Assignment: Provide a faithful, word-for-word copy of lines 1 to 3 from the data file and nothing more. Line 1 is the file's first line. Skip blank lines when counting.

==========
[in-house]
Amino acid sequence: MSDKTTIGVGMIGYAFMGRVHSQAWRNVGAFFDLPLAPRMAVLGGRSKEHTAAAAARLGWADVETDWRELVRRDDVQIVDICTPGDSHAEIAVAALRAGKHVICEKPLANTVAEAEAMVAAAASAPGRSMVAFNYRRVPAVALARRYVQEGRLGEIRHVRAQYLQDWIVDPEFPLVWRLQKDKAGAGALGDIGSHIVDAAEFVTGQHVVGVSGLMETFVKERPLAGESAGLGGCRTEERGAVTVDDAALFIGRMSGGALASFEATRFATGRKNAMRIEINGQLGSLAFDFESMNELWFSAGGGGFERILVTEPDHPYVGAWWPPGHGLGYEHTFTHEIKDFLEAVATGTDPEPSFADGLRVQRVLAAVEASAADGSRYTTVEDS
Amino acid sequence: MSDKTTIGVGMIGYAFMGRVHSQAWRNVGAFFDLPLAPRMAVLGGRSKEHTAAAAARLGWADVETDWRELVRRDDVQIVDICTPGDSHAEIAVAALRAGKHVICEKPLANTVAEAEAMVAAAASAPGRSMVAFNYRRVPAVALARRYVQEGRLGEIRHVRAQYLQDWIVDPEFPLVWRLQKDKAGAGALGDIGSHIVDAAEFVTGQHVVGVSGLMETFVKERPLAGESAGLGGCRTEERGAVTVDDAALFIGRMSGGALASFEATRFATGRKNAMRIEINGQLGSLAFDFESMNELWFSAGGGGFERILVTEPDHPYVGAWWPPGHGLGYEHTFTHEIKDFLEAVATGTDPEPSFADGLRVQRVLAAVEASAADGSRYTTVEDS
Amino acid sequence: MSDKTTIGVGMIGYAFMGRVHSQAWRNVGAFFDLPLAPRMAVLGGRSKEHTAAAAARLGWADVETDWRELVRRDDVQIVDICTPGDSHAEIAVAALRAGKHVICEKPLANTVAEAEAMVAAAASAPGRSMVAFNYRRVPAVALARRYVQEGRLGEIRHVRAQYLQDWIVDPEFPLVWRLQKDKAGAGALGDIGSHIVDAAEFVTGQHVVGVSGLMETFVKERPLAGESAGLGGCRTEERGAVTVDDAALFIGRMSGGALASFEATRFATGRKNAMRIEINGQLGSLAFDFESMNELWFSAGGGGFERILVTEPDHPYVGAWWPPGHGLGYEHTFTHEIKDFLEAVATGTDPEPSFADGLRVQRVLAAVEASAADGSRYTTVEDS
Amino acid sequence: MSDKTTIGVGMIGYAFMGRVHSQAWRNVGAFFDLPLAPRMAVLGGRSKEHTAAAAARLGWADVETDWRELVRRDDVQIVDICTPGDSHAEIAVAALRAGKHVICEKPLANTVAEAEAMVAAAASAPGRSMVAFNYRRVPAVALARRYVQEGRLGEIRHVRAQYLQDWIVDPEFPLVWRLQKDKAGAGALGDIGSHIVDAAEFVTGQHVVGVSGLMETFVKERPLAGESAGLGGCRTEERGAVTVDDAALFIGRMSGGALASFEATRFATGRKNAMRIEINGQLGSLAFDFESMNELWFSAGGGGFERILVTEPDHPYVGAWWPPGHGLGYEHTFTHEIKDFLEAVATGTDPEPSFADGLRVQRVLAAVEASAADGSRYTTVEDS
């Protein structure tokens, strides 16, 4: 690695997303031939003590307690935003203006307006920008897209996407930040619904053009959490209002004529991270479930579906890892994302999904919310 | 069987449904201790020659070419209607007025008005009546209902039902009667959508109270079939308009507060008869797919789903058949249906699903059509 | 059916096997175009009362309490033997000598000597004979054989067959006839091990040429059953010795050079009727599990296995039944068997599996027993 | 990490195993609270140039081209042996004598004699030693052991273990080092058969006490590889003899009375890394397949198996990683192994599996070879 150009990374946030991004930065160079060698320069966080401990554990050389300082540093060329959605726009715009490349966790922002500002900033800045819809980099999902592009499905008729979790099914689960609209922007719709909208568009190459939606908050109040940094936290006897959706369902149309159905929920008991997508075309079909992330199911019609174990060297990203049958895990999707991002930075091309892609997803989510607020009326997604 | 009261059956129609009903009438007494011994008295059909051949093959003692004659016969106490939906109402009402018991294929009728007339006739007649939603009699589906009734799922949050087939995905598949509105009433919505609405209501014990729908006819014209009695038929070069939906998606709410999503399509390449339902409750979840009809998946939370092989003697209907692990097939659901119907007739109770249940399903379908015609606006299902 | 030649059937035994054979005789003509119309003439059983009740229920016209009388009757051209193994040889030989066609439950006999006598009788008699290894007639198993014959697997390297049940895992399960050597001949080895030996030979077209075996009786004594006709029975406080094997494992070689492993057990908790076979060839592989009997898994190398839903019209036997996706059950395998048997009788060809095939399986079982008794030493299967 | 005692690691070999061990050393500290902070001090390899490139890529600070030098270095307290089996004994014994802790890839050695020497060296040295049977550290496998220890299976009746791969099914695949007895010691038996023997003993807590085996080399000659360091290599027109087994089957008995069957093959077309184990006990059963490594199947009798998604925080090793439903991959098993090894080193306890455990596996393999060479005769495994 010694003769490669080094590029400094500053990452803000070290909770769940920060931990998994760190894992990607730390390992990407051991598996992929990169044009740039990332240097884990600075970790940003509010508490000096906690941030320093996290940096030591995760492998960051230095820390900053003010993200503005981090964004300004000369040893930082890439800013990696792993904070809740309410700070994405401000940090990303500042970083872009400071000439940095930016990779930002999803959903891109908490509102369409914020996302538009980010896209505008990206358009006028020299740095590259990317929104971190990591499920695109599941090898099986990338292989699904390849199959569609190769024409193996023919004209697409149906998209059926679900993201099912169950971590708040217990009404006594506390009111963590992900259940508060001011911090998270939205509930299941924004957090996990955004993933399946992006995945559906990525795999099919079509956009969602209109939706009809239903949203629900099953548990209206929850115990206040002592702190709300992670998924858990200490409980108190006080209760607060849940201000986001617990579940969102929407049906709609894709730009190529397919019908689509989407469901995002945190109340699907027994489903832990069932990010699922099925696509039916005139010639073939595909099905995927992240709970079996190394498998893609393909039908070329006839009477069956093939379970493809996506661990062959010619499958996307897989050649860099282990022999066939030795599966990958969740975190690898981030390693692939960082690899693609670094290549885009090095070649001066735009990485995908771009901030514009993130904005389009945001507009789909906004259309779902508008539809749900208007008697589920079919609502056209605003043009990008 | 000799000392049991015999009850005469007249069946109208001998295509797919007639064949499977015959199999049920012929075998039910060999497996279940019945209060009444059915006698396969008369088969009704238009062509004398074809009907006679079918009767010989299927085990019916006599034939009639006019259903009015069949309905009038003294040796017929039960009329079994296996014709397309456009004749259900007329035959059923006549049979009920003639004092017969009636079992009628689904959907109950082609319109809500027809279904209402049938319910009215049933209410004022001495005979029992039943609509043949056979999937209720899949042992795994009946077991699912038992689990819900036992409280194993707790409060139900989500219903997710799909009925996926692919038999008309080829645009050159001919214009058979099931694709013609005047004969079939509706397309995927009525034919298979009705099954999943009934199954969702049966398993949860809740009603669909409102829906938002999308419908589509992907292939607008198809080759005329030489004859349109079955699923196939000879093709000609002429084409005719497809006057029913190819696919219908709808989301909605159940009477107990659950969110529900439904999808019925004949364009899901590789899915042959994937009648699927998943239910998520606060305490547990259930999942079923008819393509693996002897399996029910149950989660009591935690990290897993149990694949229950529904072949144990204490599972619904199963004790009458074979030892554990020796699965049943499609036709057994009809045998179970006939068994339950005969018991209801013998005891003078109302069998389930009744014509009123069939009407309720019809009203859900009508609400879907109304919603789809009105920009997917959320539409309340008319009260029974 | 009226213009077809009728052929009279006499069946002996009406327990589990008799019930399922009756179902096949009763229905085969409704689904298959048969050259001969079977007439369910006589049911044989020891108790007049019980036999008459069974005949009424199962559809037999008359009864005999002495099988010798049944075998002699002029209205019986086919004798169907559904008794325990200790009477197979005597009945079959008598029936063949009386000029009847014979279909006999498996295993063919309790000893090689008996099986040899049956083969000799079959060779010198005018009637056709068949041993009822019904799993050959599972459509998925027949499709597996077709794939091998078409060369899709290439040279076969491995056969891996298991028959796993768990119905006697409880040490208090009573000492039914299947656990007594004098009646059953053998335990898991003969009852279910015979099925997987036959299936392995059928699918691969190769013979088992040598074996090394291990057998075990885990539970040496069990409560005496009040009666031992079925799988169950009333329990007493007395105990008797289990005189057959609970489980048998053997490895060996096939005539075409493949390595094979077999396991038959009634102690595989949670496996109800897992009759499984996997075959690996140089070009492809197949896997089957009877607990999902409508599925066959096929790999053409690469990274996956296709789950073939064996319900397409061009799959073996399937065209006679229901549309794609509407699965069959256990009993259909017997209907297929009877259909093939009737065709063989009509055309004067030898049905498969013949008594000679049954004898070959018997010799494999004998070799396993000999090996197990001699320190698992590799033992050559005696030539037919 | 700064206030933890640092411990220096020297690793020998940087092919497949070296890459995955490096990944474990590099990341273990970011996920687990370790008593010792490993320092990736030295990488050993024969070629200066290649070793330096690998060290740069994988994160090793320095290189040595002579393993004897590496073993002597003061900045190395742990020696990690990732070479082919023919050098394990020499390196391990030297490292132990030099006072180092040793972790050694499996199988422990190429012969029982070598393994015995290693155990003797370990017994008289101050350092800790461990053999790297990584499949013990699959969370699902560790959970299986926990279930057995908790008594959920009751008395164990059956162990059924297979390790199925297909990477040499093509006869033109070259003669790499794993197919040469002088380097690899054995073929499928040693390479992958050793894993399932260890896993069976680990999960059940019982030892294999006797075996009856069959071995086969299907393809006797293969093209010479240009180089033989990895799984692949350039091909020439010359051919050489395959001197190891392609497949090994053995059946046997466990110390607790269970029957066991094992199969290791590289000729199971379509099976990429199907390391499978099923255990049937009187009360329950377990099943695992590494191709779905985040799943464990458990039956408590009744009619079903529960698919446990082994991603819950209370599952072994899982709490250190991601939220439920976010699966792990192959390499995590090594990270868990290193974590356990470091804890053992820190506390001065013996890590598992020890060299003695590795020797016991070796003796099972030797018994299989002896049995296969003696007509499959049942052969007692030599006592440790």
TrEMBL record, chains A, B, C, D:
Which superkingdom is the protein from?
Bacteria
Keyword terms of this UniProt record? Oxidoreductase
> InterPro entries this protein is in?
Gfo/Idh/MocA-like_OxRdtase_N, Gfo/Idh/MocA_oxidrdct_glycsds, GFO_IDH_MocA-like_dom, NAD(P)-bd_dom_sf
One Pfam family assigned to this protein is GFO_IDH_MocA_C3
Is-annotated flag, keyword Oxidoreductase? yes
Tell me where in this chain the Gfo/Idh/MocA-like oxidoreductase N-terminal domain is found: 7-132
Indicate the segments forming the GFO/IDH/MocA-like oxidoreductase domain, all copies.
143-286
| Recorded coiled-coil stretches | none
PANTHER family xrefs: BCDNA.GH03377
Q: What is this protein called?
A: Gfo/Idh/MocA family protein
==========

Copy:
[in-house]
Amino acid sequence: MSDKTTIGVGMIGYAFMGRVHSQAWRNVGAFFDLPLAPRMAVLGGRSKEHTAAAAARLGWADVETDWRELVRRDDVQIVDICTPGDSHAEIAVAALRAGKHVICEKPLANTVAEAEAMVAAAASAPGRSMVAFNYRRVPAVALARRYVQEGRLGEIRHVRAQYLQDWIVDPEFPLVWRLQKDKAGAGALGDIGSHIVDAAEFVTGQHVVGVSGLMETFVKERPLAGESAGLGGCRTEERGAVTVDDAALFIGRMSGGALASFEATRFATGRKNAMRIEINGQLGSLAFDFESMNELWFSAGGGGFERILVTEPDHPYVGAWWPPGHGLGYEHTFTHEIKDFLEAVATGTDPEPSFADGLRVQRVLAAVEASAADGSRYTTVEDS
Amino acid sequence: MSDKTTIGVGMIGYAFMGRVHSQAWRNVGAFFDLPLAPRMAVLGGRSKEHTAAAAARLGWADVETDWRELVRRDDVQIVDICTPGDSHAEIAVAALRAGKHVICEKPLANTVAEAEAMVAAAASAPGRSMVAFNYRRVPAVALARRYVQEGRLGEIRHVRAQYLQDWIVDPEFPLVWRLQKDKAGAGALGDIGSHIVDAAEFVTGQHVVGVSGLMETFVKERPLAGESAGLGGCRTEERGAVTVDDAALFIGRMSGGALASFEATRFATGRKNAMRIEINGQLGSLAFDFESMNELWFSAGGGGFERILVTEPDHPYVGAWWPPGHGLGYEHTFTHEIKDFLEAVATGTDPEPSFADGLRVQRVLAAVEASAADGSRYTTVEDS